My Ladye Nevells Booke

From Wikipedia, the free encyclopedia
Jump to: navigation, search

My Ladye Nevells Booke (British Library MS Mus. 1591) is a music manuscript containing keyboard pieces by the English composer William Byrd, and, together with the Fitzwilliam Virginal Book, one of the most important collections of keyboard music of the renaissance.

Description[edit]

My Ladye Nevells Booke consists of 42 pieces for keyboard by William Byrd, one of the greatest English composers at that time. Although the music was copied by John Baldwin, one of the most famous musical scribes and calligraphers of the day, the pieces seem to have been selected, organised and even edited and corrected by Byrd himself.

A heavy, oblong folio volume, it retains its original elaborately tooled Morocco binding, stamped with the title, on top of a nineteenth century repair. The illuminated coat of arms of the Neville family is on the title page, with the initials "H.N." in the lower left-hand corner. There are 192 leaves each consisting of four six-line staves with large, diamond-shaped notes. At the end is a table of contents.

History[edit]

The origins of the manuscript are obscure. Not even the exact identity of the dedicatee is clear, but Lady Neville was presumably a pupil or patron of Byrd. There have been several contenders for the title among the widespread Neville family, but recent research points to the most likely as being Elizabeth Bacon (c.1541 – 3 May 1621), eldest daughter of Queen Elizabeth's Lord Keeper Sir Nicholas Bacon (1510–1579), by his first wife, Jane Ferneley (d.1552), the daughter of William Ferneley of Suffolk.[1] Elizabeth Bacon was the third wife of Sir Henry Neville of Billingbear House, Berkshire,[2] whose arms on the title page have now been identified. Sir Henry and his family were not Catholics, but his son Henry's association with Robert Devereux, 2nd Earl of Essex is evidence that the family may have been in favour of religious tolerance.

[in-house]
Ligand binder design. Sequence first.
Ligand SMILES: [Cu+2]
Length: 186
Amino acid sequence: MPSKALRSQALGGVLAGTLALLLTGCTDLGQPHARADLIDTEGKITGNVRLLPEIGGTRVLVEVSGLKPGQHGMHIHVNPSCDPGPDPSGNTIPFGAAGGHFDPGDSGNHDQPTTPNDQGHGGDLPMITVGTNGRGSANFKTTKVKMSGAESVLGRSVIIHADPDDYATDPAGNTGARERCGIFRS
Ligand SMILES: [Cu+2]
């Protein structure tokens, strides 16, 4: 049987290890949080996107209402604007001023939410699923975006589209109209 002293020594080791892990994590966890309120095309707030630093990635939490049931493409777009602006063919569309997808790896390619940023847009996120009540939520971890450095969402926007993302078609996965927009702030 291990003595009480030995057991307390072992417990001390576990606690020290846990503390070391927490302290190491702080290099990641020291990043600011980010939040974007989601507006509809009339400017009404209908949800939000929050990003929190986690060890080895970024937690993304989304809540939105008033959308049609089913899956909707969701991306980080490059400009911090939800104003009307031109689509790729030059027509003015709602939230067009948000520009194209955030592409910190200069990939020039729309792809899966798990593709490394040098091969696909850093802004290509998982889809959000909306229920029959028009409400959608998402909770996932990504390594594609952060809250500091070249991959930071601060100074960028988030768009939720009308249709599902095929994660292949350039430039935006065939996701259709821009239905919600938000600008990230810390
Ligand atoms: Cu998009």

The date of the manuscript however leaves no doubt, as it was signed as completed by the scribe John Baldwin in Windsor with the following colophon:

finished & ended the leventh of September in the yeare of our lorde god 1591 & in the 33 yeare of the raigne of our sofferaine ladie Elizabeth by the grace of god queene of Englande etc, by me Jo. Baldwine of windsore. laudes deo.

Baldwin was a fervent admirer of Byrd: at the end of the fourth galliard he noted: "mr. w. birde. homo memorabilis",[3] and elsewhere he wrote a poem praising Byrd, "whose greate skill and knowledge doth excelle all at this tyme / and farre to strange countries abroade his skill dothe shyne"[4]